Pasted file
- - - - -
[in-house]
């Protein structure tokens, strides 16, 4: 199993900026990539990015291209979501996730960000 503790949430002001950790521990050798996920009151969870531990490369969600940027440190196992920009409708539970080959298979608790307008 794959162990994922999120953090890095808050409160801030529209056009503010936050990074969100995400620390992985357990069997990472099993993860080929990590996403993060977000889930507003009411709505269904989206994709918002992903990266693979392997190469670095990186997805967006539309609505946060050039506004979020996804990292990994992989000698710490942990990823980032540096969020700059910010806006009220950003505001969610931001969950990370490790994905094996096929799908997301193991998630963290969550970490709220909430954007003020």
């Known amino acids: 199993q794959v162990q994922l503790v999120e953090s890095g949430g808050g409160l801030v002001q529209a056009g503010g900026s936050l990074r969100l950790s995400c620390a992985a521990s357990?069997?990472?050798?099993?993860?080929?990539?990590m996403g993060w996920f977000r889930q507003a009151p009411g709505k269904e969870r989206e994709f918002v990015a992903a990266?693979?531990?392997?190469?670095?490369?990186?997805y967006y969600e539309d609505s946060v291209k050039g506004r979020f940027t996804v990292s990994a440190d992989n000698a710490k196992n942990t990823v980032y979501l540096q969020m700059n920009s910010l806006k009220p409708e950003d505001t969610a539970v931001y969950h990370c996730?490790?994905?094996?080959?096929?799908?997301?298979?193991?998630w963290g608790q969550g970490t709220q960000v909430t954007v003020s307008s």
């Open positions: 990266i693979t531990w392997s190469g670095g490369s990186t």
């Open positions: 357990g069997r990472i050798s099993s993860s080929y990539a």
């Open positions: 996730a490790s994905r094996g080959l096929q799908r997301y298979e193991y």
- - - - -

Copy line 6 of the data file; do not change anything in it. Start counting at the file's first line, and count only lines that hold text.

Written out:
């Open positions: 996730a490790s994905r094996g080959l096929q799908r997301y298979e193991y």